Black Americans appear to have a higher risk of COVID-19 infection compared with other racial groups, preliminary data from the U.S. Centers for Disease Control and Prevention show.
Federal officials don’t yet know the race of almost 60% of the people nationwide confirmed to have the disease caused by the new coronavirus. But about 30% of those for which they do have such details are black. In the states that are reporting racial and ethnic information, black people account for about 13% of their total population but 34% of their COVID-19 deaths, according to the Coronavirus Resource Center at Johns Hopkins University.
Records collected by city and state governments indicate Latinos and Native Americans in some parts of the U.S. also are disproportionately affected by the deadly virus. In Boston, Latinos comprise 19% of COVID-19 cases there. Meanwhile, in New Mexico, 50% of the people who have COVID-19 are Native American.
Health-related disparities are not new in the U.S. Throughout the decades, black and brown people, in many cases, have suffered worse health outcomes than white people. Health experts say there are likely numerous reasons behind those trends, including racism, poverty and a lack of access to health care.
In recent weeks, government leaders and others have questioned why the coronavirus seems to have an outsized impact on minorities. Looking for insights, we pored over research on public health messaging and pandemics.
Below, we highlight a sampling of studies, most of which focus on the 2009 pandemic of H1N1, also known as the swine flu. The research suggests different segments of the population have different levels of access to the most accurate and up-to-date information about a health crisis. But researchers explain that various demographic factors — age and income as well as race, for example — appear to play a role.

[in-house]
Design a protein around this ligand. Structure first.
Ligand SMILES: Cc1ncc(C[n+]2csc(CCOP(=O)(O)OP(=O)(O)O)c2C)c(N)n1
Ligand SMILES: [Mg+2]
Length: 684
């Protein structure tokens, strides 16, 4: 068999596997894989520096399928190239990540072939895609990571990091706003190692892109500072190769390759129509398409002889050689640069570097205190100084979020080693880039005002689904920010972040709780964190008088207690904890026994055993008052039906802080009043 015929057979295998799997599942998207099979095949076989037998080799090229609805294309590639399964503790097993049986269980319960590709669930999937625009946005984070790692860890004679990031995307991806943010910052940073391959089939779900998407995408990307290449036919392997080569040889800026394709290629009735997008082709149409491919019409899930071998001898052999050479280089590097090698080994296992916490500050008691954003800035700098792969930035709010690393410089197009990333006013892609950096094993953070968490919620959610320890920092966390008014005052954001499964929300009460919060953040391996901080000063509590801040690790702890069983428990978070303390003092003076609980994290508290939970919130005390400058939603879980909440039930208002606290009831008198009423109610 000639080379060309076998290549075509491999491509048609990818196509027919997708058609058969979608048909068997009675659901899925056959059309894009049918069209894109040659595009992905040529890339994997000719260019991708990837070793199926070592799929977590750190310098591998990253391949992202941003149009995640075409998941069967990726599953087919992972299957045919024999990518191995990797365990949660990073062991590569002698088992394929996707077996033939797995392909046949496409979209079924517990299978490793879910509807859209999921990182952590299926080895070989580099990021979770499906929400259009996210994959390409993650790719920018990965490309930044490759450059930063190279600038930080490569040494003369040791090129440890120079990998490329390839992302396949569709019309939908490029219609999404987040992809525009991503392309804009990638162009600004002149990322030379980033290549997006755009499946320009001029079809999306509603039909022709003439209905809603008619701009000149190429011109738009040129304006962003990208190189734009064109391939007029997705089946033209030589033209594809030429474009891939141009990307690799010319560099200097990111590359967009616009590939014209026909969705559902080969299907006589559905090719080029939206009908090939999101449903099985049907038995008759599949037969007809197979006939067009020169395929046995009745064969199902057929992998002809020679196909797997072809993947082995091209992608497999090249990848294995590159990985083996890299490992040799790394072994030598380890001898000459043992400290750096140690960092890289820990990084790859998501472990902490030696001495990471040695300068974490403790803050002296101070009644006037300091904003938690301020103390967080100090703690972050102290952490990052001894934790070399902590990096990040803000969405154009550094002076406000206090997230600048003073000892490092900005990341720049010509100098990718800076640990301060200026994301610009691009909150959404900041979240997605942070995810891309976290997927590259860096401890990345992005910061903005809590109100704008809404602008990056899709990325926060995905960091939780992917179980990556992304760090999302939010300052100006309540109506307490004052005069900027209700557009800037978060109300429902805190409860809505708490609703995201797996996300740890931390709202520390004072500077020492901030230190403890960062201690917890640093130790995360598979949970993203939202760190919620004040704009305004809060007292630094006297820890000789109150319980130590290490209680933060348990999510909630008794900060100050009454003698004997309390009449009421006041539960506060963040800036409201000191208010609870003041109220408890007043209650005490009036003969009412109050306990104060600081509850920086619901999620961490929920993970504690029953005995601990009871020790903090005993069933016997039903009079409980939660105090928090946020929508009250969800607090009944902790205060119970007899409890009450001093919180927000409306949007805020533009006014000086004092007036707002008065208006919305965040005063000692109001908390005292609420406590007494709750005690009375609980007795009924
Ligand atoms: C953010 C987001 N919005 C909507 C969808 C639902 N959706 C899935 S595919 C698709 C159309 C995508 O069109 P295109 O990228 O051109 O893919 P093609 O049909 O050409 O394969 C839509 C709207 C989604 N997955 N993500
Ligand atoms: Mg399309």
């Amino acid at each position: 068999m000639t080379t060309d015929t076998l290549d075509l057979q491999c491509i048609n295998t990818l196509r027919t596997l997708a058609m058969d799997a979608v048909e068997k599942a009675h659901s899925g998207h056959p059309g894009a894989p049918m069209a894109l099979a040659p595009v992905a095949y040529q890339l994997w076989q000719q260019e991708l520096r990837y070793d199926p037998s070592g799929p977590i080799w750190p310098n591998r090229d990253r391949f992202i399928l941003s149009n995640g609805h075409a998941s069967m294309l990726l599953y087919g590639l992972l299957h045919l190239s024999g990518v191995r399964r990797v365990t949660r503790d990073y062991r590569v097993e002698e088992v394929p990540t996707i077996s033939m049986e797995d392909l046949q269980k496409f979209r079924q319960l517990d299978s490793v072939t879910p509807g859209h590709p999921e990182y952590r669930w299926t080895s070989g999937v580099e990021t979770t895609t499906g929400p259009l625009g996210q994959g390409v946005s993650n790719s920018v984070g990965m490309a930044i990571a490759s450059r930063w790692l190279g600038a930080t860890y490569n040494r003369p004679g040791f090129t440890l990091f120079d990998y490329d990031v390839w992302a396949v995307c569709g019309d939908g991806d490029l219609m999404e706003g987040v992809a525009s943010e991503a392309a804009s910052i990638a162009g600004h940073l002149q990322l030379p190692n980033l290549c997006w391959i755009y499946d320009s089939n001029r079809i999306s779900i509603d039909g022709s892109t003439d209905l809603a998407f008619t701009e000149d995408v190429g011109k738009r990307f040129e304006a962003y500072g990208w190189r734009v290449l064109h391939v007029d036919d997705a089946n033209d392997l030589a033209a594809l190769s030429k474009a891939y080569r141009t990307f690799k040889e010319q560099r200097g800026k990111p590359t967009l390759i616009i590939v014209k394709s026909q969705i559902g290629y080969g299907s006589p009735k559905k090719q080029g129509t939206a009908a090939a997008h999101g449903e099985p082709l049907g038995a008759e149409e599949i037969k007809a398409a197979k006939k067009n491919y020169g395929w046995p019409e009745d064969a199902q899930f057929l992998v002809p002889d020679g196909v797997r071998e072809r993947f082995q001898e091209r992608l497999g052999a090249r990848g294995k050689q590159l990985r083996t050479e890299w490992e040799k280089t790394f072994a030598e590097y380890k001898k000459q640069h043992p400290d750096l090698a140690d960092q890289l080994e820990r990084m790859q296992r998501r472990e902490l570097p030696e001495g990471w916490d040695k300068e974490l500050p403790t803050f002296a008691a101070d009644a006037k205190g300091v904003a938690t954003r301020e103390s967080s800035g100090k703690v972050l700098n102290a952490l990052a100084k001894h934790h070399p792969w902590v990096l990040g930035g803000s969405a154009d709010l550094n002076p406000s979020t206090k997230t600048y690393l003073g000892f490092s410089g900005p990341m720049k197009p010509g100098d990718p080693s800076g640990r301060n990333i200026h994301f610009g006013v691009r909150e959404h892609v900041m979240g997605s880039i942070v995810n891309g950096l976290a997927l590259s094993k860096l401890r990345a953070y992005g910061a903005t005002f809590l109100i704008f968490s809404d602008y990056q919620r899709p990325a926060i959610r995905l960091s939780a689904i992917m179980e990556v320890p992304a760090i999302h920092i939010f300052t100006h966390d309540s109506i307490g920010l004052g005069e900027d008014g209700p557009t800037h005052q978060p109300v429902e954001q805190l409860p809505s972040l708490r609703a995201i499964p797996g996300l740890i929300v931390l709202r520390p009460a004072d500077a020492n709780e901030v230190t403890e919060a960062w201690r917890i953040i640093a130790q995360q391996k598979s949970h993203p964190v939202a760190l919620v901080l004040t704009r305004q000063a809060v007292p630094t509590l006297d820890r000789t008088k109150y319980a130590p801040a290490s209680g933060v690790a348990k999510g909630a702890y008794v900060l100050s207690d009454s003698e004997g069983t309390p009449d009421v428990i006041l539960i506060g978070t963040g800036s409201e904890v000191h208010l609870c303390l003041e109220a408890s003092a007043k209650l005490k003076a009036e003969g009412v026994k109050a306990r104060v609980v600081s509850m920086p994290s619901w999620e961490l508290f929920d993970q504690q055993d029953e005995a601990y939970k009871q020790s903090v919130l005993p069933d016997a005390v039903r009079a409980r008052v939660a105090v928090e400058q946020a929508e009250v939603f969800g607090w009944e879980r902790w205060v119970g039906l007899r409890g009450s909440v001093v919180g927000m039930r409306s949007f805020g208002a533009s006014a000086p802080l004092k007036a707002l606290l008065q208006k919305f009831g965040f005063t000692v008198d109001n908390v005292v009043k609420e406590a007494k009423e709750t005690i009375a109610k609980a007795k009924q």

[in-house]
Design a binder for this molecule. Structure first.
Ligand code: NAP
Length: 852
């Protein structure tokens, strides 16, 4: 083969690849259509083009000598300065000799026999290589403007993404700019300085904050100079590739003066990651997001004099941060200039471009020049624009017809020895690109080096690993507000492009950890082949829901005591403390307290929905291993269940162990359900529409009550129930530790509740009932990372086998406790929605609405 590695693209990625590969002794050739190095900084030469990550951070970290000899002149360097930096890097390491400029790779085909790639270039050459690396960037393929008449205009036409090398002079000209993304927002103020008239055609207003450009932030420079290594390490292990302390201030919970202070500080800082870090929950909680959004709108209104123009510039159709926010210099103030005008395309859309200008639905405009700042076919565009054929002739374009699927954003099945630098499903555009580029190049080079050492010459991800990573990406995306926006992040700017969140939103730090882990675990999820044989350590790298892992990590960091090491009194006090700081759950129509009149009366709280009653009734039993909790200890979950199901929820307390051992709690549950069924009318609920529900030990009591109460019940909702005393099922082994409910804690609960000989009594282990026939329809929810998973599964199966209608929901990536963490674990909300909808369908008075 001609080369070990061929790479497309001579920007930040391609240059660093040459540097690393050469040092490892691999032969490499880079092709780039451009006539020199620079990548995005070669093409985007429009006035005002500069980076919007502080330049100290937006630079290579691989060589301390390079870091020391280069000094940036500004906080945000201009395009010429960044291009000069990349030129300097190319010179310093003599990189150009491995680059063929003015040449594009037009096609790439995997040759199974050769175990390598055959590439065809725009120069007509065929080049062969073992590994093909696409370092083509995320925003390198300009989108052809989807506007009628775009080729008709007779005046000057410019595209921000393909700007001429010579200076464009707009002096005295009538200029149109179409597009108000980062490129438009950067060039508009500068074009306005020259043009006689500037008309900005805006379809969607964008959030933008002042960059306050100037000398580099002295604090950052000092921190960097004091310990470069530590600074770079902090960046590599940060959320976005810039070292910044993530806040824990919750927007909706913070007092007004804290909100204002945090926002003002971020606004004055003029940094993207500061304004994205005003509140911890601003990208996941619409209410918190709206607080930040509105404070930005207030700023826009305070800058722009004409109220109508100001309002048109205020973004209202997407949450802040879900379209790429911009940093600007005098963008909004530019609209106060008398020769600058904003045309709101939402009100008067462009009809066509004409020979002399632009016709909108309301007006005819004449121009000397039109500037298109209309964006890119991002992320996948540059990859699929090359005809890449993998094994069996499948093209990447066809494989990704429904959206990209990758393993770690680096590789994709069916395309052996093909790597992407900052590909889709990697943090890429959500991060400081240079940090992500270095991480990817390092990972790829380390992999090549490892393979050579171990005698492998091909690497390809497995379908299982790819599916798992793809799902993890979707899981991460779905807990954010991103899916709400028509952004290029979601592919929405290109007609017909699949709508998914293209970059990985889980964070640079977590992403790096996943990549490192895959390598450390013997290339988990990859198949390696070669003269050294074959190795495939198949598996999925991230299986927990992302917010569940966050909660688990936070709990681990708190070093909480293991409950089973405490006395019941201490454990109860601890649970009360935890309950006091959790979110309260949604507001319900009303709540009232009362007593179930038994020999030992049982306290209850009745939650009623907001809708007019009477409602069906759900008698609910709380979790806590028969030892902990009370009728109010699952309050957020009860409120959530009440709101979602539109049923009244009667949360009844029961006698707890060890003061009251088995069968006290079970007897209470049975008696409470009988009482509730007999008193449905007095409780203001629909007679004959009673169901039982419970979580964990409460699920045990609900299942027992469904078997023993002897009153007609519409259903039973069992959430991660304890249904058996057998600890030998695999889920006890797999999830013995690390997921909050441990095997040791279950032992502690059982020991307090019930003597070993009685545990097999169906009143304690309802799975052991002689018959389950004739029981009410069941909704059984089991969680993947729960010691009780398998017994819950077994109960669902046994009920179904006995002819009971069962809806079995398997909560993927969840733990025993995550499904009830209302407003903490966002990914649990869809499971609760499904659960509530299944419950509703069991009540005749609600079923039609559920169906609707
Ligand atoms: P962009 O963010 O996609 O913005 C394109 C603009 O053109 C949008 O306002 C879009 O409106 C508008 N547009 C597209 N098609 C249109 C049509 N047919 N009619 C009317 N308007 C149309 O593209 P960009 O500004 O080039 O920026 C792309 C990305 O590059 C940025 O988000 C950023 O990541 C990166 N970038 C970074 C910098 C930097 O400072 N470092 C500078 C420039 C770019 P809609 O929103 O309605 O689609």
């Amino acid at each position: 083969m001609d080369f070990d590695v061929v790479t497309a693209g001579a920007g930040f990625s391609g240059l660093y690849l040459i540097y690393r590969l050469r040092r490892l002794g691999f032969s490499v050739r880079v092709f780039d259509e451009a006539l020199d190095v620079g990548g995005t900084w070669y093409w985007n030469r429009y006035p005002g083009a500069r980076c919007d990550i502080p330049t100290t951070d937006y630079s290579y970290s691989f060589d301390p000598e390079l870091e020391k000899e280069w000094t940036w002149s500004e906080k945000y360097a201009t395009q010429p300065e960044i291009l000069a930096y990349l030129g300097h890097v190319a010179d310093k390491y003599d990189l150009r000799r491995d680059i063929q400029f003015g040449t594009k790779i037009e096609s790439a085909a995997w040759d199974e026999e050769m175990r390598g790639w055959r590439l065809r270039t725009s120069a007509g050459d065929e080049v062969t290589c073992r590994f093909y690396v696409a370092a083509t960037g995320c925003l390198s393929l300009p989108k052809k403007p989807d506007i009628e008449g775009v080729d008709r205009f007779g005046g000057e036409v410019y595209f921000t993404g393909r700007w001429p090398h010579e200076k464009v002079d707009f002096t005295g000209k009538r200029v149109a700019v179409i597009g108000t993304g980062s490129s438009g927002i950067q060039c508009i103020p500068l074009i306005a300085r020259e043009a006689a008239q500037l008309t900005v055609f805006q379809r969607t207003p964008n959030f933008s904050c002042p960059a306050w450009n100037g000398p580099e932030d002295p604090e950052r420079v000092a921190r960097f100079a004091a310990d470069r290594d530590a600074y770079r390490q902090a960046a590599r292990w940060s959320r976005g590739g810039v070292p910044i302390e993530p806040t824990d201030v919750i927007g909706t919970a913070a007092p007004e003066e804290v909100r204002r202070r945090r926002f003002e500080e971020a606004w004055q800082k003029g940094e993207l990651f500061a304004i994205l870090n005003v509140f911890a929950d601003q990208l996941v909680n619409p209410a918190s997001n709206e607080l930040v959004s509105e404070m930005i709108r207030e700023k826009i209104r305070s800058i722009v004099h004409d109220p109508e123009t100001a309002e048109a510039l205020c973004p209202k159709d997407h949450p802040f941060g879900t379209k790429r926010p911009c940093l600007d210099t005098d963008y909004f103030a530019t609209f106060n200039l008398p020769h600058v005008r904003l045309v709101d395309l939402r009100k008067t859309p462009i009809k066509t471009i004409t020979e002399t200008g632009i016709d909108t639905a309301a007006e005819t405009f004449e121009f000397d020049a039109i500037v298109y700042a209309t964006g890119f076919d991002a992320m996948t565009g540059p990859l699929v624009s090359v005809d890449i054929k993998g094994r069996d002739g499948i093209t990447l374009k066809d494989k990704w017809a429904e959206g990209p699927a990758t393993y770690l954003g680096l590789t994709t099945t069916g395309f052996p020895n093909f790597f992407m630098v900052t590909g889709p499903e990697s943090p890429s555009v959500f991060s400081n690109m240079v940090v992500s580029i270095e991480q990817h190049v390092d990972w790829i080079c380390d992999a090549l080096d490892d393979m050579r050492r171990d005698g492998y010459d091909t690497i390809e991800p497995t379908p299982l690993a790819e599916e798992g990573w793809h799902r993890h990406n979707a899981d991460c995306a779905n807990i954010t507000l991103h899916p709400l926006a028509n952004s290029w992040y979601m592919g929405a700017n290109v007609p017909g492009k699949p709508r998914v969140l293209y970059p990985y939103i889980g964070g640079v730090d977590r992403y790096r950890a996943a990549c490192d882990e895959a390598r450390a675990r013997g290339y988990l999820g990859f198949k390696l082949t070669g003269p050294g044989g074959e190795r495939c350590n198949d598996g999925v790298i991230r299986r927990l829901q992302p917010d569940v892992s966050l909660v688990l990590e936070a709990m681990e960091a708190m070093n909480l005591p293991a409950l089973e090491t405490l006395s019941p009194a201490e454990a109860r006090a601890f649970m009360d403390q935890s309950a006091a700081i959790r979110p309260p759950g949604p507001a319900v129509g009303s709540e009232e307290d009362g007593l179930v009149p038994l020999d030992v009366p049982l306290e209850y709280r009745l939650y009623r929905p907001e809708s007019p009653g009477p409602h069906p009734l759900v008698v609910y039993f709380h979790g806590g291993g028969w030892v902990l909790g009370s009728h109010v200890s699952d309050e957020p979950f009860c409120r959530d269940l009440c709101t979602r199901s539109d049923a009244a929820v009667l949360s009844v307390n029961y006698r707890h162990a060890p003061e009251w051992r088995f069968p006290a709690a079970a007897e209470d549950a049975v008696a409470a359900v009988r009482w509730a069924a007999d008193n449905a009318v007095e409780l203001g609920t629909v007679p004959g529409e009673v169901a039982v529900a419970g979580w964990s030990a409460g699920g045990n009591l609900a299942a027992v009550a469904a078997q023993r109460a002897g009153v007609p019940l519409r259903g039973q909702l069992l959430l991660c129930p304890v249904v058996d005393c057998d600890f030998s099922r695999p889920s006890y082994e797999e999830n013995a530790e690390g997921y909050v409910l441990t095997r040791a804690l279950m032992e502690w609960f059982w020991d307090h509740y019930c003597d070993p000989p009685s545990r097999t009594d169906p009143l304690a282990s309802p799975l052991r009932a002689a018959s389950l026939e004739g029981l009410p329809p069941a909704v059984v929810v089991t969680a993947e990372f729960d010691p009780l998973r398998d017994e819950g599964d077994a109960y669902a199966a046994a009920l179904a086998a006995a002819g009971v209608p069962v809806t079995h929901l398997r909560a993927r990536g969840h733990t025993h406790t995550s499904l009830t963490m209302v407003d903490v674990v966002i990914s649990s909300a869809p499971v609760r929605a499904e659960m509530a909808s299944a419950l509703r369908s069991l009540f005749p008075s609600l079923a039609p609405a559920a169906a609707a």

Several years ago, a team of researchers from the Harvard School of Public Health reviewed 118 studies on the issue. Their analysis, published in 2014, suggests that “to reduce communication inequalities during a large scale emergency, such as a pandemic, public health officials should focus their communication efforts on the young, the less educated and the indigent because there is evidence that these are the people at risk of not knowing about the threat, perceiving the threat to be of low risk and ultimately being less likely to follow recommended behaviors.”
In the academic articles below, researchers offer solutions or recommend ways public health professionals can improve the way they communicate about pandemics. Some articles, for example, stress the need for authorities to use plain language and tailor their public health messaging to specific audiences.
Protection of Racial/Ethnic Minority Populations During an Influenza Pandemic
Hutchins, Sonja S.; et al. American Journal of Public Health, October 2009.
Data suggest that racial and ethnic minorities face a higher risk of becoming severely ill or dying during an influenza pandemic, according to this study. Its authors look at the factors that likely contribute to this disparity. They also highlight suggestions for improving health communication and collaboration within minority communities — suggestions that came out of a two-day summit the CDC convened in mid-2008.
“Racial/ethnic minority populations may have less capacity to implement these essential pandemic influenza interventions and to tolerate a pandemic because of broad disparities in underlying health status and social factors, such as socioeconomic disadvantages; cultural, educational, and linguistic barriers; and lack of access to and use of health care,” the authors write.